A New Sodium-Ion Battery Could Speed Up Our Rush for More Solar Power
Las Vegas-based power solutions startup Bluetti announced that it will debut the "world's first sodium-ion solar power generators" for homes at the Consumer Electronics Show (CES) this week.
The company will showcase its NA300 solar power generator, which uses a sodium-ion battery rather than a traditional lithium-ion one. Alongside the new generator, it will debut the B480 sodium-ion battery packs designed for use with the NA300.
The NA300 will come with up to 3000Wh of solar input capability, while the B480 battery packs each have an output of 4,800Wh. Seeing as the NA300 can have two B480's attached, its capacity can be extended to an impressive 12,600Wh. The generator can also be charged from 0 to 80 percent in roughly half an hour thanks to 6000W dual charging.
Reducing the world's reliance on lithium-ion
Sodium-ion batteries have the potential to reduce the world's increasing reliance on lithium. In 2020, for example, researchers from Washington State University and Pacific Northwest National Laboratory announced they were working on Na-ion batteries that could be produced cheaply out of abundant sodium, providing a more ethical and sustainable alternative to traditional lithium-ion batteries. Cobalt and lithium used in traditional batteries are relatively rare, expensive, and are often sourced from war-torn countries where miners work in inhumane conditions.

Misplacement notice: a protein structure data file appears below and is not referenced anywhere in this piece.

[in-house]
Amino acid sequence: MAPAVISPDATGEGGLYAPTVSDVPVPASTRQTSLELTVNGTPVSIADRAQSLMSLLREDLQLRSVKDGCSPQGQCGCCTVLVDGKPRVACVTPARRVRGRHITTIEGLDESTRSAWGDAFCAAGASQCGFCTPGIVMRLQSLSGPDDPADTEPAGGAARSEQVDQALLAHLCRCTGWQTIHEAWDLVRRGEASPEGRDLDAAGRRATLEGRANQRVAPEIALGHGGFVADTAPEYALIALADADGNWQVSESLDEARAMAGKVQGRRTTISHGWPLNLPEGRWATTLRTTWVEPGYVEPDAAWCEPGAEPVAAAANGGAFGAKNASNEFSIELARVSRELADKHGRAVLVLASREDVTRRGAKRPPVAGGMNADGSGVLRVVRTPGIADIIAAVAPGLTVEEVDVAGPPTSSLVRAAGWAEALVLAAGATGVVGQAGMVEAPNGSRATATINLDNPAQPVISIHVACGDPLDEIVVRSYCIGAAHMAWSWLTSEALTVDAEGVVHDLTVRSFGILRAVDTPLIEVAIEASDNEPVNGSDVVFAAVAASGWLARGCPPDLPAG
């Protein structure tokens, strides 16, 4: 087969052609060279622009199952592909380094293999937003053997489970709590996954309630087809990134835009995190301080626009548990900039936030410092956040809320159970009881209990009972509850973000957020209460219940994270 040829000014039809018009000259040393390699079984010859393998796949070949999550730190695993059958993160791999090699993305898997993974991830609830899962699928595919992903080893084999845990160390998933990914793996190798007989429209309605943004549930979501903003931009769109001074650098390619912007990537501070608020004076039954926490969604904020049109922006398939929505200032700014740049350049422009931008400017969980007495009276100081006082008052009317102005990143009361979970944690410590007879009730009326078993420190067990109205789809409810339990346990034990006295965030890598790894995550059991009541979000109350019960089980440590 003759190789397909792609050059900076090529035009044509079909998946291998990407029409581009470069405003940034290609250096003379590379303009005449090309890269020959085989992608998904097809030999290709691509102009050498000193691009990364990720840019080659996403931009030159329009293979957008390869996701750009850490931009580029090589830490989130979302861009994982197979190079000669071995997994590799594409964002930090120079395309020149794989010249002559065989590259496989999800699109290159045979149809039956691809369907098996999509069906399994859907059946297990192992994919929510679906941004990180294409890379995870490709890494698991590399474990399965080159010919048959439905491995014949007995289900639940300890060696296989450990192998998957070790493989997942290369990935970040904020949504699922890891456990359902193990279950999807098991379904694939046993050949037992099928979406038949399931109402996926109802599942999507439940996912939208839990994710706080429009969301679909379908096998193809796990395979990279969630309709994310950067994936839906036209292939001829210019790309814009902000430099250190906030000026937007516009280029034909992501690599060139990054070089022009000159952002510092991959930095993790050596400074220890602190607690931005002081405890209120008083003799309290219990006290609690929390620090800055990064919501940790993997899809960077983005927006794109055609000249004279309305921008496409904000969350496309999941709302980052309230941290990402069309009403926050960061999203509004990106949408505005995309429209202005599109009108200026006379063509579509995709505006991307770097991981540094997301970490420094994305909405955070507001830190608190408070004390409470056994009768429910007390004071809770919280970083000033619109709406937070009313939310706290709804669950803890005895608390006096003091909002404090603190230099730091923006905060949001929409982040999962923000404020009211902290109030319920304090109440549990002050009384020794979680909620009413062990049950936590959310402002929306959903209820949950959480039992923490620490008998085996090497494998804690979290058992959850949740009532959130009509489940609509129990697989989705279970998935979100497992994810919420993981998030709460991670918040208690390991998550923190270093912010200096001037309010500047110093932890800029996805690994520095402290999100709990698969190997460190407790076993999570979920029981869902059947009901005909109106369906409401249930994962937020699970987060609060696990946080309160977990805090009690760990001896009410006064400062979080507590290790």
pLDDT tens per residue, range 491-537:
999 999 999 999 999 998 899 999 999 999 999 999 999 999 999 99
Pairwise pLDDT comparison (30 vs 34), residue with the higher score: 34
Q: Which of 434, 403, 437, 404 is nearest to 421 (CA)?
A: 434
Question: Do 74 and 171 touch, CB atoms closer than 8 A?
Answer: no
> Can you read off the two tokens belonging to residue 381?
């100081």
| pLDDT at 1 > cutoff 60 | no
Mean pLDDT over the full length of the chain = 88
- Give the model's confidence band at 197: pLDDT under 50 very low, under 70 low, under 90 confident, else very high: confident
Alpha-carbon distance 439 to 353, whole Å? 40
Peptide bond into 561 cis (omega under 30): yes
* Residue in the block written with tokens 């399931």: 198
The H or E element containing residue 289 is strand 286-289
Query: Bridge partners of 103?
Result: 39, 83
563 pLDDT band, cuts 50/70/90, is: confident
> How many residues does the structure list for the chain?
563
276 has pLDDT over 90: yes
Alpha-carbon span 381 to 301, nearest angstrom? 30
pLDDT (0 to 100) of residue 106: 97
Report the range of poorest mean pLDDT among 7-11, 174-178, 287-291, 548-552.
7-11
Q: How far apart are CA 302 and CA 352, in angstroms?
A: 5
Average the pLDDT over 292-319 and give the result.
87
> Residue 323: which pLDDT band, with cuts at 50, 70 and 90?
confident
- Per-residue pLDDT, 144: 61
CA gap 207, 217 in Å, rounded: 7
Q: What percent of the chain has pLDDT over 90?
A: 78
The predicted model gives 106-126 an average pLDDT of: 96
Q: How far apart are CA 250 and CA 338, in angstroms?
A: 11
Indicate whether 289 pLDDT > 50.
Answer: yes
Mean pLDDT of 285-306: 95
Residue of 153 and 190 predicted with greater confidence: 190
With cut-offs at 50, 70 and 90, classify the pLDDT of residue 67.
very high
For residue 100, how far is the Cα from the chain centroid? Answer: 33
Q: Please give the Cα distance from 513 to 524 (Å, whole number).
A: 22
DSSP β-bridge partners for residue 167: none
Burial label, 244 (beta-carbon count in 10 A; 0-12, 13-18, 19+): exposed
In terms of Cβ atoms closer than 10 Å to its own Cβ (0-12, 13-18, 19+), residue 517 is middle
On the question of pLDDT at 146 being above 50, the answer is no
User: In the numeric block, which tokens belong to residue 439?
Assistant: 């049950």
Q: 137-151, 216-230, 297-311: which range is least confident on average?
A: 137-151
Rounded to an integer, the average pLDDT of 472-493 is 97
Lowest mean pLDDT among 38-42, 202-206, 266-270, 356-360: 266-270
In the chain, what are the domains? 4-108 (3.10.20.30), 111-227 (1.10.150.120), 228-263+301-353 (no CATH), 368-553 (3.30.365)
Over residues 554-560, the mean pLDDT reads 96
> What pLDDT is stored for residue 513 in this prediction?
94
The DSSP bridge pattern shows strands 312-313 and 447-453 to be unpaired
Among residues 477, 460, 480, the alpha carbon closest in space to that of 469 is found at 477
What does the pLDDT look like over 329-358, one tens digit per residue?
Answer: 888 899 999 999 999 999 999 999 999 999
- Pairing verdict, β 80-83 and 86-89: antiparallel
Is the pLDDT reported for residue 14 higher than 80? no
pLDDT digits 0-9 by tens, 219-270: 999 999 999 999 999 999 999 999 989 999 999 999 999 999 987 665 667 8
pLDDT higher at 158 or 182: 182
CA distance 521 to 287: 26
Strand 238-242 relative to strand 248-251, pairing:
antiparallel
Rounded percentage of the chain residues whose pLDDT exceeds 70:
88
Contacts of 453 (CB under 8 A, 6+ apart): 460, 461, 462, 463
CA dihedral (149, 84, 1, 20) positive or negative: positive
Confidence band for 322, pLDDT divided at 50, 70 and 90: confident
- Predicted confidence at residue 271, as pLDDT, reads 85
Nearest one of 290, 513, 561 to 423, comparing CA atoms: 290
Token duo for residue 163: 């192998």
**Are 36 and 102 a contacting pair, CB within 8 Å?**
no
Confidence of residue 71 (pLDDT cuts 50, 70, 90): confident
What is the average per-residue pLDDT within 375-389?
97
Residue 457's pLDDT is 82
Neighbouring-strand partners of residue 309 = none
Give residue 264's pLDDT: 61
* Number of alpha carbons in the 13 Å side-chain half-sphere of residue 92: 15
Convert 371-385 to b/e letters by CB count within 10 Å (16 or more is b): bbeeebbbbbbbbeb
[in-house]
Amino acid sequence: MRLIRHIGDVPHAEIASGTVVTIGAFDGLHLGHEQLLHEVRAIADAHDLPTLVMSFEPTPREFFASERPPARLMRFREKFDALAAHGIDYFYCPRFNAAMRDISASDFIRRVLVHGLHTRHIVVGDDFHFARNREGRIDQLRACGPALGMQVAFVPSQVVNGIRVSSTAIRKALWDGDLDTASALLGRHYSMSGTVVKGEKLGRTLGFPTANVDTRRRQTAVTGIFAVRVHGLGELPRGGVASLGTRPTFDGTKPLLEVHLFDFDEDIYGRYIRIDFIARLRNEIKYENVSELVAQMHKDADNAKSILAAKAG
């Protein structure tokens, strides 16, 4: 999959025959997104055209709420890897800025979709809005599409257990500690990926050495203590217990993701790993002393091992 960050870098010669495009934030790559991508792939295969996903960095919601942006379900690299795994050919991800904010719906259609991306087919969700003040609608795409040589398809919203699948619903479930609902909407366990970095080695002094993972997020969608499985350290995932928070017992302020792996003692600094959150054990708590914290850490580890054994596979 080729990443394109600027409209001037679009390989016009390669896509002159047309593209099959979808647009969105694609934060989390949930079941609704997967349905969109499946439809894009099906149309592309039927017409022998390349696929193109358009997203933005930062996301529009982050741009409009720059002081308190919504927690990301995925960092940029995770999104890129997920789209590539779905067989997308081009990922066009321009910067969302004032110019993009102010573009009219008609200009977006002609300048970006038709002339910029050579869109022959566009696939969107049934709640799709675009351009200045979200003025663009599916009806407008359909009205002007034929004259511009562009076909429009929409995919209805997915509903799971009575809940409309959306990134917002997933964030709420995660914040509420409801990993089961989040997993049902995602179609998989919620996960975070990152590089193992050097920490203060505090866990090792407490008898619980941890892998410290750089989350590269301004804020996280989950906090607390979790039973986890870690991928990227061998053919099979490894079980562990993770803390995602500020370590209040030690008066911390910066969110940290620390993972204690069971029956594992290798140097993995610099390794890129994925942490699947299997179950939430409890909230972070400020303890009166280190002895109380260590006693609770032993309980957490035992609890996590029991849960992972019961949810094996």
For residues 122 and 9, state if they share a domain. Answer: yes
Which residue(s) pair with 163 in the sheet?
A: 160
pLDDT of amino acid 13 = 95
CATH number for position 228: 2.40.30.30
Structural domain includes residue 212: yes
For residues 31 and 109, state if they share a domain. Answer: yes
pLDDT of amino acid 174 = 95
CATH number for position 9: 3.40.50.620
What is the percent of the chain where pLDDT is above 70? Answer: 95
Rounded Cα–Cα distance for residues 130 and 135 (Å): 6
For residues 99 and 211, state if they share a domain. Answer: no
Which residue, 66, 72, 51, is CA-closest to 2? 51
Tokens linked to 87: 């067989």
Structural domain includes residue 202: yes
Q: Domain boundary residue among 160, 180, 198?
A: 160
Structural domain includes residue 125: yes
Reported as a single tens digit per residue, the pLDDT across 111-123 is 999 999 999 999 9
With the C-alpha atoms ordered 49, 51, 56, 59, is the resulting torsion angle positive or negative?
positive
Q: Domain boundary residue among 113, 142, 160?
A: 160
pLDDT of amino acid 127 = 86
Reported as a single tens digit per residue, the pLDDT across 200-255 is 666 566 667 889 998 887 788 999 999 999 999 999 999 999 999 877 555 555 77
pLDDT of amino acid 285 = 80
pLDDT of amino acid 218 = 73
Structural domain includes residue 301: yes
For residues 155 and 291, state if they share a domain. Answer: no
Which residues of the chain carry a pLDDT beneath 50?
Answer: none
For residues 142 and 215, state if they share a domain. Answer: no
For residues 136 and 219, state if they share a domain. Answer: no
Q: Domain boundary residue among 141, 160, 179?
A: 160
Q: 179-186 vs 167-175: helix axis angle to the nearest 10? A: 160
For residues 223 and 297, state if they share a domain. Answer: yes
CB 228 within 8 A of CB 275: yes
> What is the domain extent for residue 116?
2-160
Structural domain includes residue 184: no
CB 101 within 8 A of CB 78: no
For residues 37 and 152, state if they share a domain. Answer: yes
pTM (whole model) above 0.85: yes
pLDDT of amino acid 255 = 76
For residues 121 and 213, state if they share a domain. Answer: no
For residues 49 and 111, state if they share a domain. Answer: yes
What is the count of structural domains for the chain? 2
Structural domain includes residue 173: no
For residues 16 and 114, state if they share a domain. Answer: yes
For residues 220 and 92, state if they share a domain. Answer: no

In an earlier press statement, Bluetti said "Chemical batteries, especially lithium-ion batteries, offer an optimum solution for the green energy transition. However, the long-term use of rare and expensive lithium has slowed down the energy shift across the world. That's to say, the changeover to sodium-ion batteries will sustain the future power supply, even accelerate the course of carbon neutrality."
Bluetti first made a name for itself in 2020 with its flagship AC200 generator, which was crowdfunded to the tune of almost $7 million. The company has gone on to build a strong lineup of generators and solar power solutions. It now hopes its Na-ion solution will help the world meet the massive demand for battery electronics in a more ethical, sustainable fashion.
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